When I was young, my Grandparents kept a pig in their backyard. I thought he was the most interesting “pet” anyone had ever had. I named him Stinky because “he smelled like he needed a bath” – but not enough to keep me from cuddling up with him everyday, after school, for a nap. Stinky was my friend… playful, kind, and a wonderful listener.
One Sunday morning, over breakfast, I noticed everyone watching me – anticipating. When I finally tried the bacon, there were giggles and smirks all around, as my Grandfather asked me “How does Stinky taste?”
I was devastated.
We continued on to Church, where my Grandfather proceeded to preach a sermon on how God gave us the animals to eat and to dominate – that it was our right, if not our duty. I tried to accept it, and I vowed never again to love an animal in the same way.
I was a meat eater and “that’s the way God made me.”
As the years went by, I began to question my religion and its inherent cruelty. I was angry and frustrated with a world that seemed so rooted in violence. And I found no comfort in the idea of a creator that not only allowed, but required such behavior.
So I distanced myself from all that I had known, I began to make decisions based on my own logic, to follow my own moral compass…
In search of a broader understanding of the world and my place in it, I read all sorts of things, from Taoism, to philosophy to natural health, and then I stumbled onto John Robbins book, Diet for a New America. I instantly became a vegetarian, and it stuck – for 6 years. Until one day, I did something that, to this day, drives me insane. I started eating meat again.
I’m not sure why… I think it was because I had decided to be vegetarian for health reasons and not for the animals. But I never felt quite at ease with my decision. I would cringe at certain things, and flat out not be able to eat others.
Still, through all of that, for some reason, the book stayed with me, and years later, my husband and I sat down, and in tandem, read it aloud. This time it was different – I remembered how much I had loved Stinky and how I had avoided all the animals that came after him. This time, I “got it.”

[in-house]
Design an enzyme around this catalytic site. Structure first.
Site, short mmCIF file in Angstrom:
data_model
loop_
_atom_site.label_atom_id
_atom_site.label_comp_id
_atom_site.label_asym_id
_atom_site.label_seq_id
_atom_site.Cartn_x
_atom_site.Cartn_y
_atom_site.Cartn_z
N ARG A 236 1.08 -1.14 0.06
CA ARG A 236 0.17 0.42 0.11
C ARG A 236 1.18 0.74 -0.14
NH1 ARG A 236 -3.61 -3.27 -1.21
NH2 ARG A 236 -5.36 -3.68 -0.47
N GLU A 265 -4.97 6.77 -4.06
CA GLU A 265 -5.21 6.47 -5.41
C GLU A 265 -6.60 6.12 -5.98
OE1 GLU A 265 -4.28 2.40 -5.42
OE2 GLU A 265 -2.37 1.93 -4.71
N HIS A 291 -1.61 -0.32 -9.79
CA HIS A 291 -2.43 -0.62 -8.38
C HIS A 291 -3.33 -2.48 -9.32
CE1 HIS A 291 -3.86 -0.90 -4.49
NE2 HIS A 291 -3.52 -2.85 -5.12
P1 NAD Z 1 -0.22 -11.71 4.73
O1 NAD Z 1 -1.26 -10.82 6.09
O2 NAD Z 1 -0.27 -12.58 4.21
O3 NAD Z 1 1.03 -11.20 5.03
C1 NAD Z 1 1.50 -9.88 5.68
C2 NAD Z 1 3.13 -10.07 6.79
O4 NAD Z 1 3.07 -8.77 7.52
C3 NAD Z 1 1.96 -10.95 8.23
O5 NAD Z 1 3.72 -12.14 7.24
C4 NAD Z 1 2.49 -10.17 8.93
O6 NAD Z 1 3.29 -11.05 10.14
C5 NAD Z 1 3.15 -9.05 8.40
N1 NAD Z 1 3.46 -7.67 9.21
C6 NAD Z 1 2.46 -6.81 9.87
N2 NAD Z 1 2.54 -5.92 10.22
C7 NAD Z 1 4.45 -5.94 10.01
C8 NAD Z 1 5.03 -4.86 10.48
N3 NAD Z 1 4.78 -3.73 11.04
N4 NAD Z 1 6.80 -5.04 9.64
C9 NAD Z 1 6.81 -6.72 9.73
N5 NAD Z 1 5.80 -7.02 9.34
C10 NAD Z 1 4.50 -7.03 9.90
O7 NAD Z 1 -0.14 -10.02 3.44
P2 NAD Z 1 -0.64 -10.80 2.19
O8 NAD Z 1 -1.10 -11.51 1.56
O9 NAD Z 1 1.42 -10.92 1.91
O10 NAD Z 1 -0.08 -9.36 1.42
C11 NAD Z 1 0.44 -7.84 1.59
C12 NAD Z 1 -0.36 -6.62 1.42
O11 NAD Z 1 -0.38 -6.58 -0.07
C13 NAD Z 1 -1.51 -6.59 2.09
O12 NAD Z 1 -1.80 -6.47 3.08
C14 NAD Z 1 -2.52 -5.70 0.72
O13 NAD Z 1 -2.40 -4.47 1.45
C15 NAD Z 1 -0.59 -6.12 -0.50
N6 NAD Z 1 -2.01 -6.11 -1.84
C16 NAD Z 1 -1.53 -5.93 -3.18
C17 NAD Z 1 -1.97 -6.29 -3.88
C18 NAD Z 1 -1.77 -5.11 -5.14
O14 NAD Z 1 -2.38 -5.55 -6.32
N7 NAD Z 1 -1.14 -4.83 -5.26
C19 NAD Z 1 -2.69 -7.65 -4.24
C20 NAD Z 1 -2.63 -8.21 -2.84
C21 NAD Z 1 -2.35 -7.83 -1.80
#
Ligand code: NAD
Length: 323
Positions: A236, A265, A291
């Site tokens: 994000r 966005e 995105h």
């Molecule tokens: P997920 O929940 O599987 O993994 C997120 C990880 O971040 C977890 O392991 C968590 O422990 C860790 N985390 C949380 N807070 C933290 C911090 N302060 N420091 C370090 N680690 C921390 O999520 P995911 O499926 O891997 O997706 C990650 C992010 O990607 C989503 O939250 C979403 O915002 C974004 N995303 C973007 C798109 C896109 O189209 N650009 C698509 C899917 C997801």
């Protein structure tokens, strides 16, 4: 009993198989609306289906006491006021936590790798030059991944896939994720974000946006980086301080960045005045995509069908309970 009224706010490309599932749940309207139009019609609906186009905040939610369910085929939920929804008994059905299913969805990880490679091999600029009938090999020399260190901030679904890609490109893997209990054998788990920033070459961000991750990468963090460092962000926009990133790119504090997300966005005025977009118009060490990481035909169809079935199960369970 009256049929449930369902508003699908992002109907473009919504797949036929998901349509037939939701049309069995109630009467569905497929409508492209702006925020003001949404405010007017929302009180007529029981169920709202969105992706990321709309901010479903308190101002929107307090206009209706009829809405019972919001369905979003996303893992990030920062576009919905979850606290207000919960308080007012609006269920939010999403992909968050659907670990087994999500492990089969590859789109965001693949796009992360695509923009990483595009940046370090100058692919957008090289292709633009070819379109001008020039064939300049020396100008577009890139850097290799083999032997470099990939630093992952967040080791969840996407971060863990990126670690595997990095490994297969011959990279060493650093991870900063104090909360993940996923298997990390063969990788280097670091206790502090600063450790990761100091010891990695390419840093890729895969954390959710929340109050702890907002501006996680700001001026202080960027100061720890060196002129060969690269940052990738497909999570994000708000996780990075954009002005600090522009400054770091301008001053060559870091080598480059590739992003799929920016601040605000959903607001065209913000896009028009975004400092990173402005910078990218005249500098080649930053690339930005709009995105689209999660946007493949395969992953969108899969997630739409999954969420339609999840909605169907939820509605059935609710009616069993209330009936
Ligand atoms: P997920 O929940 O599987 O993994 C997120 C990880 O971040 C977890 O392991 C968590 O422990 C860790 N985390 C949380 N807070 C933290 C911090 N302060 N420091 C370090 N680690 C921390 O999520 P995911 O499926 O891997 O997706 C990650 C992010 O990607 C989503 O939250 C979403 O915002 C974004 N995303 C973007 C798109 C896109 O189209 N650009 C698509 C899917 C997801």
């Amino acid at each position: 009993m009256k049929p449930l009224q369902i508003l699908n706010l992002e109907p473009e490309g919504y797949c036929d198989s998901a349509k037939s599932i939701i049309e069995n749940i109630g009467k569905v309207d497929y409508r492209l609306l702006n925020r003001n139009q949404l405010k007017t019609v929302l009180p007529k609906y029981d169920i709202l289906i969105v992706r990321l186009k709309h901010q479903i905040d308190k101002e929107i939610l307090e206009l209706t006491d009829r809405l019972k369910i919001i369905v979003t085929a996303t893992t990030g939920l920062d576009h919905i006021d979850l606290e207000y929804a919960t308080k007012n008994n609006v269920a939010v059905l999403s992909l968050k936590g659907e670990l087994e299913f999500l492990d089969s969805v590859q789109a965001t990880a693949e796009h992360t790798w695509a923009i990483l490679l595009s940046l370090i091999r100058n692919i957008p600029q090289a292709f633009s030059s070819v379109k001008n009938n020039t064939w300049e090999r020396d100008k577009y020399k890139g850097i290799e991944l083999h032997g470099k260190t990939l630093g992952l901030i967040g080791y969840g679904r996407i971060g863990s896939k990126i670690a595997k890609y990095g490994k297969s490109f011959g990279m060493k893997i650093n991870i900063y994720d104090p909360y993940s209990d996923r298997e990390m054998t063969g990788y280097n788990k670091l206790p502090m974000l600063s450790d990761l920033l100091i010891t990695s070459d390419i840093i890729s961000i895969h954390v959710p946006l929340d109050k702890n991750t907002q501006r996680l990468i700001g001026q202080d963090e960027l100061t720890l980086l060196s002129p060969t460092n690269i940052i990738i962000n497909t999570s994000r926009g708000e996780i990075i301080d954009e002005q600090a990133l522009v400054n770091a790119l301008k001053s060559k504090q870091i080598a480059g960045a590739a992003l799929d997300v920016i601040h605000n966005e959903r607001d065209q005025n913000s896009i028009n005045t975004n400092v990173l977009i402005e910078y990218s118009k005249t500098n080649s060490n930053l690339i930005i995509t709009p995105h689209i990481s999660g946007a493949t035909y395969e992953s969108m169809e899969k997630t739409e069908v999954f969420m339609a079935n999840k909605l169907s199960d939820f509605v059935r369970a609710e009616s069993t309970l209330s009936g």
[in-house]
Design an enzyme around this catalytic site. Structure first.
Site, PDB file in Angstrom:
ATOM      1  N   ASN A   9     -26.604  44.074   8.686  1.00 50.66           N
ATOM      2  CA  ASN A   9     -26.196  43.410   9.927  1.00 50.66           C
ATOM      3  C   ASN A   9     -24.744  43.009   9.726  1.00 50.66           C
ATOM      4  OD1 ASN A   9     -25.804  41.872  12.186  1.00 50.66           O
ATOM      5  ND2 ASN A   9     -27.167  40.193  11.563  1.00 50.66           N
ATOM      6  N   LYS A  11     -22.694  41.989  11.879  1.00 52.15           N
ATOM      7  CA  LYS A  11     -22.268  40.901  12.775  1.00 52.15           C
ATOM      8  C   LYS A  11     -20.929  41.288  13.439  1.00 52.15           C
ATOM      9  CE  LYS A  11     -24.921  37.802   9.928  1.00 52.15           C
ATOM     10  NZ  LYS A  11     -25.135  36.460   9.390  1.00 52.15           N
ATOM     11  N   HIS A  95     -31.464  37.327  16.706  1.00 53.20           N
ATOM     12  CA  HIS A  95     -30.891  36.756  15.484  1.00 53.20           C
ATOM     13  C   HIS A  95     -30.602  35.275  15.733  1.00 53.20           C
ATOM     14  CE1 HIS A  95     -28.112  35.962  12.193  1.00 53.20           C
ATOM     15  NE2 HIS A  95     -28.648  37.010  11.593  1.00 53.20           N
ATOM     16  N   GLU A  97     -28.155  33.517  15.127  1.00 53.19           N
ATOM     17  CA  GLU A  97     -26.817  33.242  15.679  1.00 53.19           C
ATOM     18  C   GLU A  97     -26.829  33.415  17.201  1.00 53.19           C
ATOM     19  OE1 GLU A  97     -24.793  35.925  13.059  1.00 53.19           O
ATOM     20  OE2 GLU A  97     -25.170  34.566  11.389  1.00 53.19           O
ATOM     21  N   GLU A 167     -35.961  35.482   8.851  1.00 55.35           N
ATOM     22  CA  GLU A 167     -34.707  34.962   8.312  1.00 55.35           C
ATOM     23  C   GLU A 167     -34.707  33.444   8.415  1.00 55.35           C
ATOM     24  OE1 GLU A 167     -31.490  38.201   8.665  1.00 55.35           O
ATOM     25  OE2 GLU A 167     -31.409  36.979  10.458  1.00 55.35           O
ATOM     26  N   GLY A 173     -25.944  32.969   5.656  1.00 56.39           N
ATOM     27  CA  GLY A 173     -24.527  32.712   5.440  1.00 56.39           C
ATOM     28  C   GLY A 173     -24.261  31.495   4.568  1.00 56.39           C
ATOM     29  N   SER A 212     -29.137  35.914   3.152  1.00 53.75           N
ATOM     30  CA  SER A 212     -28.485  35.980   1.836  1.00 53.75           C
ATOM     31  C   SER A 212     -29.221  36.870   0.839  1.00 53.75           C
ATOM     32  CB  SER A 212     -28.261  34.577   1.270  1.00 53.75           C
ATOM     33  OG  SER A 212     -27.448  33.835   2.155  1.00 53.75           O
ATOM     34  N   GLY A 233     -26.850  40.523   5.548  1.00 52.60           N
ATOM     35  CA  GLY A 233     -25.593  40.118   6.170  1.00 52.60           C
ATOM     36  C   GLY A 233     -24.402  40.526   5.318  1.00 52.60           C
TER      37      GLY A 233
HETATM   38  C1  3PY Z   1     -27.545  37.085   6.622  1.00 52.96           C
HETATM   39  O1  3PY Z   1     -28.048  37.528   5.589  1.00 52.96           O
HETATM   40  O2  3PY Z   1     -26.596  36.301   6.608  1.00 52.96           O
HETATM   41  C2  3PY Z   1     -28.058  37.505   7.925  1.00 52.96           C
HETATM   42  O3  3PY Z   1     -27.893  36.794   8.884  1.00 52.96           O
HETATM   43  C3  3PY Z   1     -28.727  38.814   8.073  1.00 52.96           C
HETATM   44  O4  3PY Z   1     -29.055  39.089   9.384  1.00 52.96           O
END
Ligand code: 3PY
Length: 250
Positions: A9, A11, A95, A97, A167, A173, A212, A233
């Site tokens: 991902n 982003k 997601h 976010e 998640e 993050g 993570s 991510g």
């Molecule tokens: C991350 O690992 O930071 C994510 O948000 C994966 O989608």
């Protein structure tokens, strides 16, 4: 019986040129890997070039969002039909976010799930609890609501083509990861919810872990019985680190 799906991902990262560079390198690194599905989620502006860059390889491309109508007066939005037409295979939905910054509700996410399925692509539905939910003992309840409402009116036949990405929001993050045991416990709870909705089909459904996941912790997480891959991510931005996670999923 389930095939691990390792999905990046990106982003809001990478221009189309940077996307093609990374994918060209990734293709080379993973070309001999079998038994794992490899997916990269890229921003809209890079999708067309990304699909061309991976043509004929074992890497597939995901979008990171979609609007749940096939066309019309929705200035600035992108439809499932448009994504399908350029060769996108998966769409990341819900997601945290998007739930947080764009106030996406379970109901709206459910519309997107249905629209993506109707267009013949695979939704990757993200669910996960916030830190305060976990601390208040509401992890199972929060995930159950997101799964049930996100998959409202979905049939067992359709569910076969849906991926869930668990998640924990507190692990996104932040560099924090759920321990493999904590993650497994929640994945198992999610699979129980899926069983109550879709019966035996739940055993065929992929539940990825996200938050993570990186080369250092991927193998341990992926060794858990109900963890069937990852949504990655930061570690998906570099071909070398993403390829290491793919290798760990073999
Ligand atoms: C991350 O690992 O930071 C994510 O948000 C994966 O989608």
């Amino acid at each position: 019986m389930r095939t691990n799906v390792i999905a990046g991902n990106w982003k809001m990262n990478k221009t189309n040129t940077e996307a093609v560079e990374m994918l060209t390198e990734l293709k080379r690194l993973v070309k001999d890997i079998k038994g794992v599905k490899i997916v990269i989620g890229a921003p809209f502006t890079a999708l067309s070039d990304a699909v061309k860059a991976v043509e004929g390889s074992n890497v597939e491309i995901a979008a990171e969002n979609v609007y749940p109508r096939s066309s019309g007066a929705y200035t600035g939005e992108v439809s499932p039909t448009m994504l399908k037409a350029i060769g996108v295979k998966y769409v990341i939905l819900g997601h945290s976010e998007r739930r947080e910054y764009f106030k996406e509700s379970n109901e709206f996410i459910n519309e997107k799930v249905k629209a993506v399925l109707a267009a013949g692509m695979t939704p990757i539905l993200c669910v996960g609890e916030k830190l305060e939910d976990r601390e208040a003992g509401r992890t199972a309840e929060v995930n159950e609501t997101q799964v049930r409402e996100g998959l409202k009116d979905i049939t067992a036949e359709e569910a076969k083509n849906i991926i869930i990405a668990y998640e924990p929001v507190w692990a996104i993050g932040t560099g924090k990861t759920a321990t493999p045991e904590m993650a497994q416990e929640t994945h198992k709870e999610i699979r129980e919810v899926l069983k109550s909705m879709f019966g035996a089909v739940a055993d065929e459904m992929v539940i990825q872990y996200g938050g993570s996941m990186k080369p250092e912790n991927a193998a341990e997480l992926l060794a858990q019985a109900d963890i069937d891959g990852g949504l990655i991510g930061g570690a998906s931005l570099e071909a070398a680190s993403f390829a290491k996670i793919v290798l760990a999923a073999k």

My husband and I cried and laughed and cleaned out our kitchen that weekend and have been vegetarian ever since. I’ve been a vegetarian a total of 11 years now (5 for the sake of the animals) and I’ve always felt so good about that decision. It’s allowed me to look at animals again and actually see them -To love them, to cry for them and to hold them.
My husband, however, recently became vegan and (in my mind) was pressuring me to do the same – loudly listening to podcasts, that threw around phrases like “Joyful Vegan” which just made me roll my eyes. I felt angry at him for “judging me” and accused him of not acknowledging the good choices that I DO make. I used all kinds of excuses. And I was getting pretty comfortable with my lie – telling myself I was still a good person – that most people weren’t even vegetarian, let alone vegan…
Then I listened to several of those podcasts on my own and realized that my husband was doing something not for himself, but for the animals, and certainly not TO me. So in a humbled state, I finally understood that you can’t claim “personal choice” if it affects someone else – that if given a choice the cows would choose not to be milk machines as surely as they would choose not to be killed. (And let’s not lie to ourselves and say they aren’t killed…)
I’m newly vegan now, and this lifestyle that for so long seemed too restrictive and extreme is something I’m so excited about. There’s no more guilt, no more excuses. It’s freedom. It’s amazing – the relief you feel – the calm that sits inside you – the absolute joy that sometimes overwhelms you.
I still giggle at the name of this website “The Joyful Vegan”… it just seems so appropriate.
~Michelle in Panama City, FL